What Does Santa Do Without A Chimney? He's Magic
Someone in a red suit with a white beard is preparing for the most magical night of the year, which means you're preparing, too. Traditionally, Santa Claus uses a chimney to deliver presents, but what does Santa do when there's no chimney? He thinks outside the box — or fireplace, in this case. After all, Santa Claus is all about magic. In fact, I think he might like having a few entry alternatives as he and his reindeer deliver gifts on Christmas Eve. Honestly, doing the same thing over and over gets kind of boring, right? Not to mention the chances of a burnt tush if the fireplace is still warm from use. Let's investigate Santa Claus' delivery options, shall we? Kids have not been good all year for nothing.
First of all, and not to be completely obvious, but Santa Claus does have the ability to use your front door. I know, this is a shocking revelation. But since leaving your door unlocked is probably not the wisest decision, how is the big guy supposed to get in? With his Santa key, of course. Turns out, having a key for Santa Claus is a Christmas tradition that I knew nothing about, but totally love considering my family and I live now in an apartment with no fireplace in sight. First, check out the children's book Santa's Magic Key, by Eric James. If you're wanting to try this method for the first time, Hallmark suggests having your children write Santa a letter telling him all about it, perhaps revealing the key in your child's Advent calendar, and finding a special place to hang the key while the kids anxiously wait for Christmas Eve to arrive. I this this is a perfectly suitable option for Mr. Claus.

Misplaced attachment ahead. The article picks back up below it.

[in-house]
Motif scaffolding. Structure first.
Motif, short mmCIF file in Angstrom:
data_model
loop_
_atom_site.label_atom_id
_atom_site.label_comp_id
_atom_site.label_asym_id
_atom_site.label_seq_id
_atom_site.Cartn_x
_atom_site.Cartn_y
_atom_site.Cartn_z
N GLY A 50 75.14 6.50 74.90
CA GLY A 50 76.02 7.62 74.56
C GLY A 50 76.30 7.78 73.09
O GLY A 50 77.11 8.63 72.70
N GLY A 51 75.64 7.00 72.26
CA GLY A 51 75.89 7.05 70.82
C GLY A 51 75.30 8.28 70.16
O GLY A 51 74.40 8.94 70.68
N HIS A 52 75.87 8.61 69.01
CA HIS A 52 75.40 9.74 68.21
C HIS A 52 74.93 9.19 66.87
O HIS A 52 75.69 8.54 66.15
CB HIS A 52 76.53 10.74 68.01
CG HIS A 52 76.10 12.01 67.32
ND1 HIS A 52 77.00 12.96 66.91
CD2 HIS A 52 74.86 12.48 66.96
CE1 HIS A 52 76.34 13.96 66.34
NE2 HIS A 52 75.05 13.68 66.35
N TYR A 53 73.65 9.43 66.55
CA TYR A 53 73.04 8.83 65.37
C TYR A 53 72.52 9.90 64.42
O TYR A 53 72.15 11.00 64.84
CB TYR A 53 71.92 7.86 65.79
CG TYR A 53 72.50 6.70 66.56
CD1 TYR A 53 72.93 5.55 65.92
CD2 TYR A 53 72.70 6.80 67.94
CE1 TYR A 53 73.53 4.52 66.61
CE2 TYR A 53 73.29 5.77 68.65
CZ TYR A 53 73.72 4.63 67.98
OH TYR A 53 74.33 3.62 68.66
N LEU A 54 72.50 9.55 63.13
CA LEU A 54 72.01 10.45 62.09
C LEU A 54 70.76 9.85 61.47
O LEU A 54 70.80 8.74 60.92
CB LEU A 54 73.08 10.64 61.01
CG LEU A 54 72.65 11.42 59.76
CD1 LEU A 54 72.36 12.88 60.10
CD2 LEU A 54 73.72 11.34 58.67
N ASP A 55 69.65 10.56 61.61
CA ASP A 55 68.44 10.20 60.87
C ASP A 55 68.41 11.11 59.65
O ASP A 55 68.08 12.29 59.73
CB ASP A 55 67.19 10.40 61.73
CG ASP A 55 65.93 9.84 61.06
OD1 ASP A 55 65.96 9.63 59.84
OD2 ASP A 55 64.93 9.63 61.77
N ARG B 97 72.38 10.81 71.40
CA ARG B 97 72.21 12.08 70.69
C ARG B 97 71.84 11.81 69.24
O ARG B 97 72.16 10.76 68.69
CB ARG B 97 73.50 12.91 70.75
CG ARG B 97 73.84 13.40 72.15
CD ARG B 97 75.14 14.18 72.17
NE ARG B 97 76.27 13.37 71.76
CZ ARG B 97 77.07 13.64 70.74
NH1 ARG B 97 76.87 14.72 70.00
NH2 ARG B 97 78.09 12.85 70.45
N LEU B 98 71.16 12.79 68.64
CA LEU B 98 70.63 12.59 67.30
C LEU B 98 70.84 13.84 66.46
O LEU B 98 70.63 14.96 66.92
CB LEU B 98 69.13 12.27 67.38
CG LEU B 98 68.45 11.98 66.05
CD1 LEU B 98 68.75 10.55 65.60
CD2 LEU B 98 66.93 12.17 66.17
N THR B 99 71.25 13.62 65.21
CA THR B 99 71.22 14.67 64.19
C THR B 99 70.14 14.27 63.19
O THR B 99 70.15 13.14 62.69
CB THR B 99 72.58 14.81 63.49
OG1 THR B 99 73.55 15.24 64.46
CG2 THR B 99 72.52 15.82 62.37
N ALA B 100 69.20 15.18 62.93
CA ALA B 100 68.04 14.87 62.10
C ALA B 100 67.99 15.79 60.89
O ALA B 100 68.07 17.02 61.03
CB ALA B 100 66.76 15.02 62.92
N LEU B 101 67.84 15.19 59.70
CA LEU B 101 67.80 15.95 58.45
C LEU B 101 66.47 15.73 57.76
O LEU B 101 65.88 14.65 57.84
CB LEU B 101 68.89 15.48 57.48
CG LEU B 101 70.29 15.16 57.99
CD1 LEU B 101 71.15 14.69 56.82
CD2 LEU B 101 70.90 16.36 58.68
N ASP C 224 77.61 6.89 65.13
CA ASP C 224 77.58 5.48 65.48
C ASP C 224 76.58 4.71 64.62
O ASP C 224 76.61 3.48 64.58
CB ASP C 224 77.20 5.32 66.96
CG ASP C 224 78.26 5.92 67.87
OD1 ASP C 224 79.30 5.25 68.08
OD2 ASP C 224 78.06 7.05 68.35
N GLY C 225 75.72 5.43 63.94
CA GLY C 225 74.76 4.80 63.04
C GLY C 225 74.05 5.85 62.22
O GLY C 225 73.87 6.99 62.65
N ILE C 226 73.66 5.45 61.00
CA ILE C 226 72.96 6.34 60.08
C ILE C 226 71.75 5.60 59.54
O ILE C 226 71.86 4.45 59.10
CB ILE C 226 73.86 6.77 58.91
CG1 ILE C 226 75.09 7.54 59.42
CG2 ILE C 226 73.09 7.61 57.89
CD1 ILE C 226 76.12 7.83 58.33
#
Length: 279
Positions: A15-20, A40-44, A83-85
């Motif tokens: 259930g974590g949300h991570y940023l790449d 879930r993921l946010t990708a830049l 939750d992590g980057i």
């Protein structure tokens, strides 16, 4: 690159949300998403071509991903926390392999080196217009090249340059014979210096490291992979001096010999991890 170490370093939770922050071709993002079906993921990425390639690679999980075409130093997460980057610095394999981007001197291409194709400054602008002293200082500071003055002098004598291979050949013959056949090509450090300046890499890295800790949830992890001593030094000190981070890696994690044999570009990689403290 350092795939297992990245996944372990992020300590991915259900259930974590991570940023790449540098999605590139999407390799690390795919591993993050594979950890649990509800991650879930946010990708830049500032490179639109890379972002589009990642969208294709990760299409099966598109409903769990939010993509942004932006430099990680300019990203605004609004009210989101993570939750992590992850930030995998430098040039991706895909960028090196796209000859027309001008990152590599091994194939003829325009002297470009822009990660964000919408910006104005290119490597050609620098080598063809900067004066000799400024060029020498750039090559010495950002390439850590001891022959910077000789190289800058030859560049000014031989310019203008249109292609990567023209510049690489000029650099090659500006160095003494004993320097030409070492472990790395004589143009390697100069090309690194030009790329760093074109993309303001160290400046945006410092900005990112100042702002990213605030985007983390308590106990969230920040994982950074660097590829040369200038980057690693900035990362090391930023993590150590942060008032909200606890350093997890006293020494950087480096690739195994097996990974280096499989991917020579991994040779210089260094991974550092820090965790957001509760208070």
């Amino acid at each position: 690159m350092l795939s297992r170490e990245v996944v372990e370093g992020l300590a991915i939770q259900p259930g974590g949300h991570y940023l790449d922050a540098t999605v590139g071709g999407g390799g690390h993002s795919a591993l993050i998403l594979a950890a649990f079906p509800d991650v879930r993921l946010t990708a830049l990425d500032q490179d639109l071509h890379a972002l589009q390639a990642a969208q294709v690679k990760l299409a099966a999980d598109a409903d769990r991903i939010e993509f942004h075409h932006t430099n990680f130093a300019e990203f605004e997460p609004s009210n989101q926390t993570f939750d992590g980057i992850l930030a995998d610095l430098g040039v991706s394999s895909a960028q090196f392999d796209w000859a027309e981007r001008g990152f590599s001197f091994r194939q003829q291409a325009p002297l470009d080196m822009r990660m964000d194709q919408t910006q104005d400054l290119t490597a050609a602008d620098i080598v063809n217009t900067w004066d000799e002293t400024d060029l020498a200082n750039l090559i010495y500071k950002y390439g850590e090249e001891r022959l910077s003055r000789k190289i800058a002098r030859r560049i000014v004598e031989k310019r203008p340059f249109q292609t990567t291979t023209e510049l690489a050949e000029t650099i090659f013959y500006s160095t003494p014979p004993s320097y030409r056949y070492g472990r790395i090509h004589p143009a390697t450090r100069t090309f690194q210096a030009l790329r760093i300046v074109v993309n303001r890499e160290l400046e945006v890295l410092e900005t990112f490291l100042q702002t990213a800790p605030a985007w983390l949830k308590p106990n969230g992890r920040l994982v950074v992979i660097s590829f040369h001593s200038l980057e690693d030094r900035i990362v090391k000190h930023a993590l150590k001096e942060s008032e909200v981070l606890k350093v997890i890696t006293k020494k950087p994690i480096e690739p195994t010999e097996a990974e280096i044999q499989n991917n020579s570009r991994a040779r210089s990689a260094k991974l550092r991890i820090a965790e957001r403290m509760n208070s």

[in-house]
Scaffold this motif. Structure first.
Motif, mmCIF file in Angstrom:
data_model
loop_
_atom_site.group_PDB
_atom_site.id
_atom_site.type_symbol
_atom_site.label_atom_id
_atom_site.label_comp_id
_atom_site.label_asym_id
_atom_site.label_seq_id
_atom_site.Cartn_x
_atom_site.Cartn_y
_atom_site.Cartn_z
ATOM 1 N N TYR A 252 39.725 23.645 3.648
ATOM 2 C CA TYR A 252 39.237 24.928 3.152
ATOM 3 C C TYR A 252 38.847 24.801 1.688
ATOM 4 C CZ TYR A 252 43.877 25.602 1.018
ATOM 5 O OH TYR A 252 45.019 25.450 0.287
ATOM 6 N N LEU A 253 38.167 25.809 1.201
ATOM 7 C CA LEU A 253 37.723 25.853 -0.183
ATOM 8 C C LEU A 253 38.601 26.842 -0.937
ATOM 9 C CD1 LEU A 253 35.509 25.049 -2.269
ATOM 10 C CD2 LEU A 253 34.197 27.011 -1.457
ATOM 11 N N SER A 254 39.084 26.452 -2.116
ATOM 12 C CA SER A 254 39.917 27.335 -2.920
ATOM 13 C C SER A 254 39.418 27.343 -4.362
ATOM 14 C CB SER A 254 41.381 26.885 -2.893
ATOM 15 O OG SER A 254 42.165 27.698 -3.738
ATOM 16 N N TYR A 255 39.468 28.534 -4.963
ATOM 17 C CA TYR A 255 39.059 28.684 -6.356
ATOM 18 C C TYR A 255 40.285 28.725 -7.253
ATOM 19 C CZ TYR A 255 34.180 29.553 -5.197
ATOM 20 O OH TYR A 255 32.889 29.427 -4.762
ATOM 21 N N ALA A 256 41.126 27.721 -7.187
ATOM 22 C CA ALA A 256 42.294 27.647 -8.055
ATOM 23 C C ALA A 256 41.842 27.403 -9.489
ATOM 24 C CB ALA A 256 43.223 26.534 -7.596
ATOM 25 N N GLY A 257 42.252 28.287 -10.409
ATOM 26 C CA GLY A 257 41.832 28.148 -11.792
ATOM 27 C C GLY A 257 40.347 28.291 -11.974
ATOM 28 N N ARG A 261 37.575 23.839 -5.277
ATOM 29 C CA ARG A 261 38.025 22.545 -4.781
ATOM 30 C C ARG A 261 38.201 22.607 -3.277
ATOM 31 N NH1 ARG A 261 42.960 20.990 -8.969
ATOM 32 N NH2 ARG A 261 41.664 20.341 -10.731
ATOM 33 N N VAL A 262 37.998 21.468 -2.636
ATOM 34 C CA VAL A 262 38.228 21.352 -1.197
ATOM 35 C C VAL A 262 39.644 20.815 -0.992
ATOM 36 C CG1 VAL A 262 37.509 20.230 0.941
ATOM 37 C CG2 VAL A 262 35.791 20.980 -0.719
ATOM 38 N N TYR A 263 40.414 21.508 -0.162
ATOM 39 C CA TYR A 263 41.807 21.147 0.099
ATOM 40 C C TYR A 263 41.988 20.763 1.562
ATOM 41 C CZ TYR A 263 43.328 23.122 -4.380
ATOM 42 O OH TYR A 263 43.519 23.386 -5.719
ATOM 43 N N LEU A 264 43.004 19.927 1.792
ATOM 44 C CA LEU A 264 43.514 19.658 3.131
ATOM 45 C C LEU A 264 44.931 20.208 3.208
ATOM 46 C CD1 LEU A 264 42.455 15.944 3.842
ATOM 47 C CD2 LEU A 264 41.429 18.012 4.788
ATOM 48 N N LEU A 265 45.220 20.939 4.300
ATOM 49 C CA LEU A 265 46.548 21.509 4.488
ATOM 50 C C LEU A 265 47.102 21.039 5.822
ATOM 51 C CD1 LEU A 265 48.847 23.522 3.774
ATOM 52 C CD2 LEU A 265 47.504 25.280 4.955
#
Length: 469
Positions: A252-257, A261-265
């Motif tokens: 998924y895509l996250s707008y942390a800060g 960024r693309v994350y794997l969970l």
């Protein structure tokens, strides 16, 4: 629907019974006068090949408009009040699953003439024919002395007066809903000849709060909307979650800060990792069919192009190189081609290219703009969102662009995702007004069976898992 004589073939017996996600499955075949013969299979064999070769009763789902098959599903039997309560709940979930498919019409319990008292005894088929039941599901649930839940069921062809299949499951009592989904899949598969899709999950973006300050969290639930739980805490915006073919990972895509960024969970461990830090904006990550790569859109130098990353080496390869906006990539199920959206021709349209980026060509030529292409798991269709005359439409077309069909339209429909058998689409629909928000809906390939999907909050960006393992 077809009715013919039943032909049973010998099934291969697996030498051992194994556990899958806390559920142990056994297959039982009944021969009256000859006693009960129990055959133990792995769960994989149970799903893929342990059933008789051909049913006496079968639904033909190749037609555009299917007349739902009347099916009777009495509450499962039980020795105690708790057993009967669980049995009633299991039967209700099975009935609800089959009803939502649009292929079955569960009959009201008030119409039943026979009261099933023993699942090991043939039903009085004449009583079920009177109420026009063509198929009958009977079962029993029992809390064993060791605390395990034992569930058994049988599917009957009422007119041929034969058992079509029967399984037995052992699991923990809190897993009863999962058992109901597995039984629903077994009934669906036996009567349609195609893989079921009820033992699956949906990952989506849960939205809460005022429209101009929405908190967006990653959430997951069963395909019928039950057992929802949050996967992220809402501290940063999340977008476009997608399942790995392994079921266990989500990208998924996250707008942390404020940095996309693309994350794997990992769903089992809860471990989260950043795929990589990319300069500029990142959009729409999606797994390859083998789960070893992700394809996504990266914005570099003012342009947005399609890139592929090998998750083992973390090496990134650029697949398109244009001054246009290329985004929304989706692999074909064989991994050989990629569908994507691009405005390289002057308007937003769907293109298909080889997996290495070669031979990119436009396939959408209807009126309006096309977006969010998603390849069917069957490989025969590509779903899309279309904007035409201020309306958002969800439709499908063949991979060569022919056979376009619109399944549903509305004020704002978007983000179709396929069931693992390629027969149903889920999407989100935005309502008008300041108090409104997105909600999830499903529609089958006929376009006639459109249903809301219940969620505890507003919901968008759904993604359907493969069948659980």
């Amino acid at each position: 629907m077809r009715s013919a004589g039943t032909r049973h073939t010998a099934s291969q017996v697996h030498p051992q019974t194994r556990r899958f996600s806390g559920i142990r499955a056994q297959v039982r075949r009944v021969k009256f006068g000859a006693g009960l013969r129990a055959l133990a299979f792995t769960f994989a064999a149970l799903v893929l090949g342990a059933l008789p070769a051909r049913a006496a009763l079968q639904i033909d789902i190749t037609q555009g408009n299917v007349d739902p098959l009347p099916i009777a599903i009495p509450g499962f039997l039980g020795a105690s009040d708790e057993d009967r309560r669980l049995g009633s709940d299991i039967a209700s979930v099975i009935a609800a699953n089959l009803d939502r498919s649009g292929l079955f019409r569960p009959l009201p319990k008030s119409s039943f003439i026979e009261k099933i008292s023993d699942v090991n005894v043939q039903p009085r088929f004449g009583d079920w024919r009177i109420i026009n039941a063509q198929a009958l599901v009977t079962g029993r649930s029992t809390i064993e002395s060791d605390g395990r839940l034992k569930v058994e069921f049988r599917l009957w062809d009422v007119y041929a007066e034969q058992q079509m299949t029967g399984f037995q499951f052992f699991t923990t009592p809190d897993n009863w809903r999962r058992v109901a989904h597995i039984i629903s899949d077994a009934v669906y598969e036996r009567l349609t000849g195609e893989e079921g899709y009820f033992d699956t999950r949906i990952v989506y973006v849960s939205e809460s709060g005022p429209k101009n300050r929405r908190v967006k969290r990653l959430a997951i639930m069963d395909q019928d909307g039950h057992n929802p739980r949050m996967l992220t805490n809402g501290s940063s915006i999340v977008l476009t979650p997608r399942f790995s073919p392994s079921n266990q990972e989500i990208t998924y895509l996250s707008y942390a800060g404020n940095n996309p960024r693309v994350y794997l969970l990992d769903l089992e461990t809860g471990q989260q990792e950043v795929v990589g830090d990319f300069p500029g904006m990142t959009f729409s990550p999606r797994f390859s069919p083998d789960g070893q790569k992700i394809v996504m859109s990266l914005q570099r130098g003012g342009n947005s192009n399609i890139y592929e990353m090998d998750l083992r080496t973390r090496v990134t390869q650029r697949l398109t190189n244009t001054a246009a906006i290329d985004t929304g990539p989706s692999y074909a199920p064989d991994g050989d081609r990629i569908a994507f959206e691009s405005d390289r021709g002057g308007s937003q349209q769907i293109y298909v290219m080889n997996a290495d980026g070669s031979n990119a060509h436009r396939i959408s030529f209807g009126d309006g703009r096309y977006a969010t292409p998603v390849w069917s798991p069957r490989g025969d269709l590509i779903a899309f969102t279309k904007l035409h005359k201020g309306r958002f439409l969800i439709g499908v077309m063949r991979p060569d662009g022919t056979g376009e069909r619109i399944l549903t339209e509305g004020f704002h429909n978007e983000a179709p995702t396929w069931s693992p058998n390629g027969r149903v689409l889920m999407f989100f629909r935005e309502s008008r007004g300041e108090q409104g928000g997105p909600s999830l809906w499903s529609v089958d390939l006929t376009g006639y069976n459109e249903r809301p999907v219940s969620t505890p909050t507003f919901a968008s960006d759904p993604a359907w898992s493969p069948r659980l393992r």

Now, I've also heard that Santa can shimmy through a window if necessary. I doubt it's his first choice, given his "belly like a bowl full of jelly," but on the other hand, if your living room has a big window, it might be the fastest way for him to deliver gifts and jet out to his next destination. Also, I think it should be noted that nowhere does it say that stockings must be hung on a chimney with care (OK, perhaps I've read that line somewhere... but luckily, Santa is open to alternatives), but I would suggest that they are on a wall or sofa in plain view so Santa doesn't miss them. Years of Santa Claus visits have prepared me to give this advice, my friends (and any littles who may be reading these suggestions).
Lastly, and I suppose this is the most important nugget of all, magic. Just magic. The magic happens over night, directly from the North Pole to your house on Christmas Eve. But in order for that magic to happen, the very magic that gets Santa Claus down a chimney or through a door or window to good boys and girls around the globe, those good boys and girls have to be sleeping. They can be dreaming about sugarplum fairies or Paw Patrol, it really doesn't matter, but they definitely need to be fast asleep, trusting that the magic is happening while they're tucked away in their beds. And when they awake on Christmas morning, they'll know right away that Santa Claus was there. At that point, it really won't matter how he arrived, right? Enjoy this most magical, wonderful time of year. Just don't forget the milk and cookies (and carrots for Rudolph and friends).